The documentary films made by Catherine Hunter are characterised by a respect for and love of the process of making art and a belief that art and artists are not somehow apart from the world. On the contrary, artists are deeply and crucially engaged in shaping our sense of place, identity and of what it is to be human.

Catherine Hunter has worked in the arts as a writer, producer and director for over thirty years. After two decades of documenting the full range of the arts with the Nine network's acclaimed "Sunday" program, she left to work as a freelance documentary maker in collaboration with a small group of like-minded professionals. Her passions are for the arts and architecture. Film projects have included painters Sidney Nolan, Margaret Olley, Wendy Sharpe, Jenny Sages, Roger Law (the co-creator of the UK's Spitting Image), Anselm Kiefer, William Robinson, Jeffrey Smart and photographers Trent Parke and Jeff Carter. Almost all films have been broadcast nationally on ABC1.

ATOM study guides for selected films are available as teacher resources at



Photograph / Glenn Murcutt on mosque roof © Jesse Marlow, Fairfax Syndication

" A beguiling and beautifully balanced biographical film..." Graeme Blundell, The Australian

Premiering on the ABC, Glenn Murcutt – Spirit of Place explores the life and work of Australia’s most famous living architect. Murcutt’s extraordinary international reputation rests on the beauty and integrity of his buildings. With a swag of international awards (including the prestigious Pritzker Prize) Murcutt has literally put Australian architecture on the world map. Murcutt’s focus has been the creation of energy-efficient masterpieces perfectly suited to their environment and his breakthrough designs have influenced architects around the world.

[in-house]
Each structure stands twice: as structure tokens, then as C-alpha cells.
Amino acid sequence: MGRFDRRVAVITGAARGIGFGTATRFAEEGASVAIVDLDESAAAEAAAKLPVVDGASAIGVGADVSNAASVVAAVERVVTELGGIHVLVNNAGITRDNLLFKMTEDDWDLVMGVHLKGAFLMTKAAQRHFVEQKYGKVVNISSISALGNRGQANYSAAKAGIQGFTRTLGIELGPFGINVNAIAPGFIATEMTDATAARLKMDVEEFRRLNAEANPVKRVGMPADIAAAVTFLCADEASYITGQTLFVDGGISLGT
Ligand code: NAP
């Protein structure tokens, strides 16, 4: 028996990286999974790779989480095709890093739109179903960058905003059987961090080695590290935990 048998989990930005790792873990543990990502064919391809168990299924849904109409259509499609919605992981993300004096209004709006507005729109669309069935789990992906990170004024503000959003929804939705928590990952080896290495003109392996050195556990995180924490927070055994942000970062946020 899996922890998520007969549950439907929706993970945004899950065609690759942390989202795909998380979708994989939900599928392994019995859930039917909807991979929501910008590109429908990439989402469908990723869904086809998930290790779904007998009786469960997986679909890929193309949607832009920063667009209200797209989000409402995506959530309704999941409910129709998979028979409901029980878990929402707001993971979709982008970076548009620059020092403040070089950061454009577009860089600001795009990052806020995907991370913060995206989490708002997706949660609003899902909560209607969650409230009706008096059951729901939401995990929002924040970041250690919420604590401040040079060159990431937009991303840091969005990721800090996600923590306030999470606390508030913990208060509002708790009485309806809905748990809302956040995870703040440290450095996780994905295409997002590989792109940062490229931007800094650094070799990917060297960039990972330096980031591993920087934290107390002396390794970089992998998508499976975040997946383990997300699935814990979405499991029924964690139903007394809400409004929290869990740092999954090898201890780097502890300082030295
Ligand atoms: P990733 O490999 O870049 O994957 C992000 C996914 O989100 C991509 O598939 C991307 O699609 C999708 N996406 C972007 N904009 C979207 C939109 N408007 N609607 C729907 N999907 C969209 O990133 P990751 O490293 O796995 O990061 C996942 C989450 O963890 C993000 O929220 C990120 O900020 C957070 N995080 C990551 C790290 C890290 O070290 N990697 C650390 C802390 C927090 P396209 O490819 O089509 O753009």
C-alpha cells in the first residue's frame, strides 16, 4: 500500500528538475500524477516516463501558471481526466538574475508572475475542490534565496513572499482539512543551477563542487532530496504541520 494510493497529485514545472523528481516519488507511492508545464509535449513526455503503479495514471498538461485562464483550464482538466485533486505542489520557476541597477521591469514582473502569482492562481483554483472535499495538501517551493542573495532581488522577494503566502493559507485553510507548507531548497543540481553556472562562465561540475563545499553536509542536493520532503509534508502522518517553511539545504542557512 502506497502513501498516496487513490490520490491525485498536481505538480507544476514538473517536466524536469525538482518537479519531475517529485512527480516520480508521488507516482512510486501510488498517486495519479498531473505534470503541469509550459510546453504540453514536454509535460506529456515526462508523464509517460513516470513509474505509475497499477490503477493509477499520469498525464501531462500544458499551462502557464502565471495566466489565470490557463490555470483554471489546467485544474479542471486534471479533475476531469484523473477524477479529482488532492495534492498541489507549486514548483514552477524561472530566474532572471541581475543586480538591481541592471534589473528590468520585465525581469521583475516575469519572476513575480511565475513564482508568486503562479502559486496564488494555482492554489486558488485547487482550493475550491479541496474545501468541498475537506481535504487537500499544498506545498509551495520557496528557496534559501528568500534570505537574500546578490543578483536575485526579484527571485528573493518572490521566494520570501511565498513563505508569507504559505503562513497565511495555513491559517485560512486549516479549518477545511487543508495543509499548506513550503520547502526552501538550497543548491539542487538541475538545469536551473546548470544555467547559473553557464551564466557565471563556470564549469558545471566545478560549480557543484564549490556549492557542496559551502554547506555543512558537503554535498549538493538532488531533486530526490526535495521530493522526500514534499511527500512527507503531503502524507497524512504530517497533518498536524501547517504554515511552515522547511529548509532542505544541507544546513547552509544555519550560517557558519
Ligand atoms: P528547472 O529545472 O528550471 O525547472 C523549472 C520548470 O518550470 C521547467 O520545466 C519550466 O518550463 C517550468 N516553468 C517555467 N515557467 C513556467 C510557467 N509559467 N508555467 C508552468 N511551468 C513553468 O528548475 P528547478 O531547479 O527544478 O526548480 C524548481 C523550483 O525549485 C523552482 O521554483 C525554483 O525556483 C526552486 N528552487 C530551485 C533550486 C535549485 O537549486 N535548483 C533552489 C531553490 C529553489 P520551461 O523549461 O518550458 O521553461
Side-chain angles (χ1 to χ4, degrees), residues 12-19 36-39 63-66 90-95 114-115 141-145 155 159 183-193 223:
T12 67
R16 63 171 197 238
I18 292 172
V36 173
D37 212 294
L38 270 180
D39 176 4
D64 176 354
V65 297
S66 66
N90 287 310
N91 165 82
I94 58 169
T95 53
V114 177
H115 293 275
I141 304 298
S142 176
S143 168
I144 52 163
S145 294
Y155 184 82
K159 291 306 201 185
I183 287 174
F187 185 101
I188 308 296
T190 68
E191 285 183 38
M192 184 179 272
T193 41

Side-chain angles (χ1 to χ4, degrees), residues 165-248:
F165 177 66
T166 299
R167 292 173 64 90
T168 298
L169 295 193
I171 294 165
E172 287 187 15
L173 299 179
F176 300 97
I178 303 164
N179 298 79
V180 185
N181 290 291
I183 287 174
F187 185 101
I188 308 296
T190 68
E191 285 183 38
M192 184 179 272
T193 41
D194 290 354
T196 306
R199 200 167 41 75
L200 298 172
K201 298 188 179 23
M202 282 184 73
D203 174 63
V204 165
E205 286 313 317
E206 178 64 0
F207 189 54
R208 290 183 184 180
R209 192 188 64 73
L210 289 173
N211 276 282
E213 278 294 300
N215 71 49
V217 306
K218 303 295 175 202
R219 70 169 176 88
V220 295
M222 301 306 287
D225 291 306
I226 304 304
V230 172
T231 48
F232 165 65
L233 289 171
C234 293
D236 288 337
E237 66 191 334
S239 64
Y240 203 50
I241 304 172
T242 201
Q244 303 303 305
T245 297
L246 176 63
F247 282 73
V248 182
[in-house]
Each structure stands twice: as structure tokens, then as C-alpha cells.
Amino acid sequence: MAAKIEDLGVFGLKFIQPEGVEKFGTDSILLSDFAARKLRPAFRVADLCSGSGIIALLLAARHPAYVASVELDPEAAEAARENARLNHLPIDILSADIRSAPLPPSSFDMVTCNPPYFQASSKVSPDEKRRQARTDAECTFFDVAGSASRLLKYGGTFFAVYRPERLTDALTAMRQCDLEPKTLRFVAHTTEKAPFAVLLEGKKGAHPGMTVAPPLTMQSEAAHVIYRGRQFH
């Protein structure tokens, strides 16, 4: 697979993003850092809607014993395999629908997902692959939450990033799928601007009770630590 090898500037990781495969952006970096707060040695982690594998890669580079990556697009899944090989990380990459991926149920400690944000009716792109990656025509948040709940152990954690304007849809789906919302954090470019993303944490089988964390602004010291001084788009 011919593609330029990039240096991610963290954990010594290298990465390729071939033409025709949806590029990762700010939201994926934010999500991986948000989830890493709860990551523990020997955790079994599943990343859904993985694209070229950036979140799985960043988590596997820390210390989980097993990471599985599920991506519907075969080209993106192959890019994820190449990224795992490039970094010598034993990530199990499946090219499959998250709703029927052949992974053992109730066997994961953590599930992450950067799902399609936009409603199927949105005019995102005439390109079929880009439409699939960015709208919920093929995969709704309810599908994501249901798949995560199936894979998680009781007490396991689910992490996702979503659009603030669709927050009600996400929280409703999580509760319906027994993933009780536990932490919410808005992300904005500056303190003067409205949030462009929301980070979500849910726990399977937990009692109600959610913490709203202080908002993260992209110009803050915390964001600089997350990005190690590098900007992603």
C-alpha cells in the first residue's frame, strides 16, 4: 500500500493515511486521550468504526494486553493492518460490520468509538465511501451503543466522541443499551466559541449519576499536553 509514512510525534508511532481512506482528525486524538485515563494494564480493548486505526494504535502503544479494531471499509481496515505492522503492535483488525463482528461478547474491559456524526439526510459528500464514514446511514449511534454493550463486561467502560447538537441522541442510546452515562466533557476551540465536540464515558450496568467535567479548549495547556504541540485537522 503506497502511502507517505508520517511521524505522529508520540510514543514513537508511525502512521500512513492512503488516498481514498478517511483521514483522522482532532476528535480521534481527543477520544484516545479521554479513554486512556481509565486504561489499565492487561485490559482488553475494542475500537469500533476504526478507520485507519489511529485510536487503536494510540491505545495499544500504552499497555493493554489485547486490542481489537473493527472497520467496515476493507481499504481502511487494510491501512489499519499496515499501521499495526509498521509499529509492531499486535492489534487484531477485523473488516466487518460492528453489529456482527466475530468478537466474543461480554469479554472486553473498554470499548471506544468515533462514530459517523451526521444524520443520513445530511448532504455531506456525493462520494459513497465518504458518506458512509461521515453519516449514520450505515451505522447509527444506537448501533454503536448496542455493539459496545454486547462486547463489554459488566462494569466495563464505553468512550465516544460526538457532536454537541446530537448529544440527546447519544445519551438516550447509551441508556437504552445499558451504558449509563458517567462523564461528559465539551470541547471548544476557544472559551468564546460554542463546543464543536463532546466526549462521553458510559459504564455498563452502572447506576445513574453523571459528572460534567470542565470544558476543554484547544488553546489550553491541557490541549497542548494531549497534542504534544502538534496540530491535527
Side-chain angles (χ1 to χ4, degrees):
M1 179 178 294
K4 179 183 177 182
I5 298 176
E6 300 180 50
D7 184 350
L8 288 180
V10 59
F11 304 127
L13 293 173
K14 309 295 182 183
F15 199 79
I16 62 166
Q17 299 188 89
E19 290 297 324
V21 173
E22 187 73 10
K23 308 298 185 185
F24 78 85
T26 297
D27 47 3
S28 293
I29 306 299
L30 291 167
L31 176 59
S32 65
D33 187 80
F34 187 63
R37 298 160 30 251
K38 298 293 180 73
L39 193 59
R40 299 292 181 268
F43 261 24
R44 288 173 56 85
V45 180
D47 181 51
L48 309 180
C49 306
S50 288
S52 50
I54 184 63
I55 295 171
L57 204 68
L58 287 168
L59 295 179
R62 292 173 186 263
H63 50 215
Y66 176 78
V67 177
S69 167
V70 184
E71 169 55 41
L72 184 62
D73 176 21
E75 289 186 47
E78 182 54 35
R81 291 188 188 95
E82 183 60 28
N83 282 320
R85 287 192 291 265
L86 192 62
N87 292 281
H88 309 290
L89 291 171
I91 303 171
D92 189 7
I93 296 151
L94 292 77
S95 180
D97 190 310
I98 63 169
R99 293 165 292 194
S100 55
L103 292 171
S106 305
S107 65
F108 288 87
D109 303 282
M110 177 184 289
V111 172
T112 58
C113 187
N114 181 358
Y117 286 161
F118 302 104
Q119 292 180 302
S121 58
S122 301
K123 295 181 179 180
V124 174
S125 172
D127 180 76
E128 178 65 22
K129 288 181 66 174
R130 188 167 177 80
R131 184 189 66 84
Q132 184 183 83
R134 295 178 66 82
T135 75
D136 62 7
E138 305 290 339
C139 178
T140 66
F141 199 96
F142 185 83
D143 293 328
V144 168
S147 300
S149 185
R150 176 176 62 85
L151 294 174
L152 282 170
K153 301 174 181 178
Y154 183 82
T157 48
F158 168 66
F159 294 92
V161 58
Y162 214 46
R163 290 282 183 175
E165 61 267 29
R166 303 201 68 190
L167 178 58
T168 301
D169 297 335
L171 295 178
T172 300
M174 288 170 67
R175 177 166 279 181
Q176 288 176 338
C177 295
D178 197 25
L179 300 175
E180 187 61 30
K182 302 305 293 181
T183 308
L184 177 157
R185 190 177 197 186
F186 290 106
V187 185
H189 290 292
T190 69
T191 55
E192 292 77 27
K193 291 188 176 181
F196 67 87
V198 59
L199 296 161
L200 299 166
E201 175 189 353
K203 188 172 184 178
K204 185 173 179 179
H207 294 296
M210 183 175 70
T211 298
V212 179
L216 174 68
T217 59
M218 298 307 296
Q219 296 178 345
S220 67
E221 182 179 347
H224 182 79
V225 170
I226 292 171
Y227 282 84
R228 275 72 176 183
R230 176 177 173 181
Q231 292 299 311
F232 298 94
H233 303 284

Yet he’s an enigma.

By choice, he has never built outside his own country. Murcutt believes one must understand a place intimately before good design is possible. He has no staff, no computer and no email. He insists good design comes from the hand, not the computer.

In the words of the Pritzker jury: “In an age obsessed with celebrity, the glitz of our ‘starchitects’, backed by large staffs and copious public relations support, dominates the headlines. As a total contrast, Murcutt works in a one-person office on the other side of the world ... yet has a waiting list of clients, so intent is he to give each project his personal best. He is an innovative architectural technician who is capable of turning his sensitivity to the environment and to locality into forthright, totally honest, non-showy works of art.”

Murcutt has long eschewed publicity and has preferred to let his work speak for itself. But over the past few years he has allowed documentary filmmaker Catherine Hunter to follow him as he embarked on his most challenging project to date – a mosque for the Newport Islamic community in Melbourne.



Marie Short House / Kempsey © Bruce Inglis


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